Apr 30, 2010

Open House Sign Placement: A Science Unto Itself

Every Sunday, the street corners in many U.S. neighborhoods sprout open house signs like mushrooms.

Those signs didn't just appear there on their own, however. I had a chance to ride along with my selling agent on the Sunday morning of our house's first open showing, and got a sense of all the thought and strategy that goes into this seemingly simple routine.

We had six signs to work with, one of which was of course designated for a spot in front of the house. That sounds like a lot until you realize that you may want to pull people in from four directions. We were lucky in that our house was tucked within a square of city blocks boundaried by various major intersections, so we pretty much put one sign at each.

But if that hadn't been true, and a promising major intersection had been farther away, we also would have needed to put some signs at intermediate points or turns. That's to stop people wondering, "Gee, we've been driving a long ways already, did we miss the place? Should we just forget it?" A cardinal rule of sign placement, I learned, is that you don't want to leave anyone hanging, wondering where to go next. 

The serious buyers may have mapped out their route already, so it's not as though the entire success of one's open house rests on sign placement. (Though even the prospective buyers with maps can get a little lost.)

But there are people who don't think about buying a house until they happen to see a tempting one, or who will quickly tell their friends about a "must see." So it's worth also thinking about where the crowds are -- and filling in your realtor, if he or she doesn't know every detail of your local scene. For example, we suggested, and our realtor agreed, to putting up a sign near our local farmer's market.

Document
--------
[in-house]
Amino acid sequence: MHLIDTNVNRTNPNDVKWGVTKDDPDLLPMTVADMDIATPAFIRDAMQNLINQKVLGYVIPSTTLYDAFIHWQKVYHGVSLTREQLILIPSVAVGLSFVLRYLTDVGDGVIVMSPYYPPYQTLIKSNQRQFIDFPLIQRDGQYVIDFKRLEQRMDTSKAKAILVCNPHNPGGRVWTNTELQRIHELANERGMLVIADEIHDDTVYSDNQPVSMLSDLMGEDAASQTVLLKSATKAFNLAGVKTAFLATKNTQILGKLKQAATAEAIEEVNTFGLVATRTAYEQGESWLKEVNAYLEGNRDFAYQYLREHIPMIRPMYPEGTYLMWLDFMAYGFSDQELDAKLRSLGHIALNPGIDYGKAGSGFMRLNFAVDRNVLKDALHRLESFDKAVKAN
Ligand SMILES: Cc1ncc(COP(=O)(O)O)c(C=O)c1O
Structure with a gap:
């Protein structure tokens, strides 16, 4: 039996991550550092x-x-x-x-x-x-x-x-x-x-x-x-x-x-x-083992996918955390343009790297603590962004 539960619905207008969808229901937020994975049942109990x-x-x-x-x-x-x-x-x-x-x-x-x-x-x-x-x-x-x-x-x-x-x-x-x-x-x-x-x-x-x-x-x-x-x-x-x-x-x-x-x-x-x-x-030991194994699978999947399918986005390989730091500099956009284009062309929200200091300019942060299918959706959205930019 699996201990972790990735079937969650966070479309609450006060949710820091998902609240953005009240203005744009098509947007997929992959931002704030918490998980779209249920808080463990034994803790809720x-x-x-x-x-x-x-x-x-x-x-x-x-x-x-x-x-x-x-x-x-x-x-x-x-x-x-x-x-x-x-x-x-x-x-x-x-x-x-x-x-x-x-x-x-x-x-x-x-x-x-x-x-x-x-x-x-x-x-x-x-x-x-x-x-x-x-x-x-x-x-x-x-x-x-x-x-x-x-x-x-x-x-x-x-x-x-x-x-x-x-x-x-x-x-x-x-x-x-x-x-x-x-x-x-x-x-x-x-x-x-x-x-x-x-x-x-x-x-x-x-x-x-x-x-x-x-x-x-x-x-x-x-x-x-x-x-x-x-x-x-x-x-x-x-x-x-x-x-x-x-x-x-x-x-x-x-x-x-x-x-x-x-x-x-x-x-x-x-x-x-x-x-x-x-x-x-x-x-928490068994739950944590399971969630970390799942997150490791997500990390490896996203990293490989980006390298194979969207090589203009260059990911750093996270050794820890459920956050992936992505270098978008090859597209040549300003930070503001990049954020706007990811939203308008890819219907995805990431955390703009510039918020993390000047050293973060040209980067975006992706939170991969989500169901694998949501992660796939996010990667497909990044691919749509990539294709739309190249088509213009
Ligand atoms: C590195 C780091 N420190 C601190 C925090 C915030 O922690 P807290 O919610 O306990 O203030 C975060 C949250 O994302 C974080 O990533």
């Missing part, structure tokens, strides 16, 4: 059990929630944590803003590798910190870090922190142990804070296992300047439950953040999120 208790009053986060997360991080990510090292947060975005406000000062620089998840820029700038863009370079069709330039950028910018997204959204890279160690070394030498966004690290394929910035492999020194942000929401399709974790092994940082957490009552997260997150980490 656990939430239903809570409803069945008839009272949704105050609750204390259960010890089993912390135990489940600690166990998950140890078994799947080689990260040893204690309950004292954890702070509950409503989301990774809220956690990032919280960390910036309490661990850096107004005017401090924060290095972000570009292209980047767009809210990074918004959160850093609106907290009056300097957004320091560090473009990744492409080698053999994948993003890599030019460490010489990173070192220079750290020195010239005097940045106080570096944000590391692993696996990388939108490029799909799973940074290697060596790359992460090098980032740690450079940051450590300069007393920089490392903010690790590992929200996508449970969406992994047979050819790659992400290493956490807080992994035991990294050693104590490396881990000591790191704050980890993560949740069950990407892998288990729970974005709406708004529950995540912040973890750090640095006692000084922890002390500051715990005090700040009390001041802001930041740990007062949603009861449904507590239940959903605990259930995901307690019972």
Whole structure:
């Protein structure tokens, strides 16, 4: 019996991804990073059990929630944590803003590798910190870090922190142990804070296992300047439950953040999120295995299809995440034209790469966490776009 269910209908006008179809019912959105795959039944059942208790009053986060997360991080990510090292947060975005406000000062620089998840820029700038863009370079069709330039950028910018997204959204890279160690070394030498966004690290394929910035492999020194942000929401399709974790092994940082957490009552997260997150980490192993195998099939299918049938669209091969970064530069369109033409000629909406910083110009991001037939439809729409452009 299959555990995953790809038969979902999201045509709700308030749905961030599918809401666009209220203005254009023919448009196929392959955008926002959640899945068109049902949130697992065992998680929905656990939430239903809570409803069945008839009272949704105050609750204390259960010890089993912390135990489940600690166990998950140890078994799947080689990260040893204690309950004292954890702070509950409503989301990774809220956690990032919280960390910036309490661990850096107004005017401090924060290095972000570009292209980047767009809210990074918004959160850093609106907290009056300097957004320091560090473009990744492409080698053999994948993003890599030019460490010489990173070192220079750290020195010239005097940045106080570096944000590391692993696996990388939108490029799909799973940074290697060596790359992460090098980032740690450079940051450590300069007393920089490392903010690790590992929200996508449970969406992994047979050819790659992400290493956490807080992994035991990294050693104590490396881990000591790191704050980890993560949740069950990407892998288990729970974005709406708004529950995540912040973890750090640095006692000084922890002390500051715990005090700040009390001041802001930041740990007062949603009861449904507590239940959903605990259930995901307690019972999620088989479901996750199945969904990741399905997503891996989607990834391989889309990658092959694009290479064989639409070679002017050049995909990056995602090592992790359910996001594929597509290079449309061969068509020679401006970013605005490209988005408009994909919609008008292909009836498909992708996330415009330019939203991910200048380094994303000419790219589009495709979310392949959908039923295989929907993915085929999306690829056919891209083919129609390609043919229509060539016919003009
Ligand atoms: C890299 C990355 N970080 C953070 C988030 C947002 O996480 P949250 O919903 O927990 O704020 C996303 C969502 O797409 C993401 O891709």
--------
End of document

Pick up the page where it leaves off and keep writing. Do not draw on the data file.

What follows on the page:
The following weekend, in fact, we noticed that another realtor, selling a house just across the street from the same farmer's market, actually started the open house early, at the hour at which the market closed. Visitors could finish up their shopping and coffee and wander right over. I don't know who bought the place, but it sold as fast as anything I've seen in that neighborhood lately -- despite an exterior that was rather grim, with barred windows and no landscaping.

And then -- you thought I was done, but no -- there's the matter of actually placing the sign on the street corner. I was ready to plunk the signs down and move on. But my realtor spent a good long time checking on things like lines of sight from various angles. Will that shrub block the view of people coming from that direction? Can drivers read the address from that distance? Which way will most of the traffic be coming from? Would it be better to put the sign across the street?

Yup, it's a science. If there were any more to say on the topic, I might write a book about it.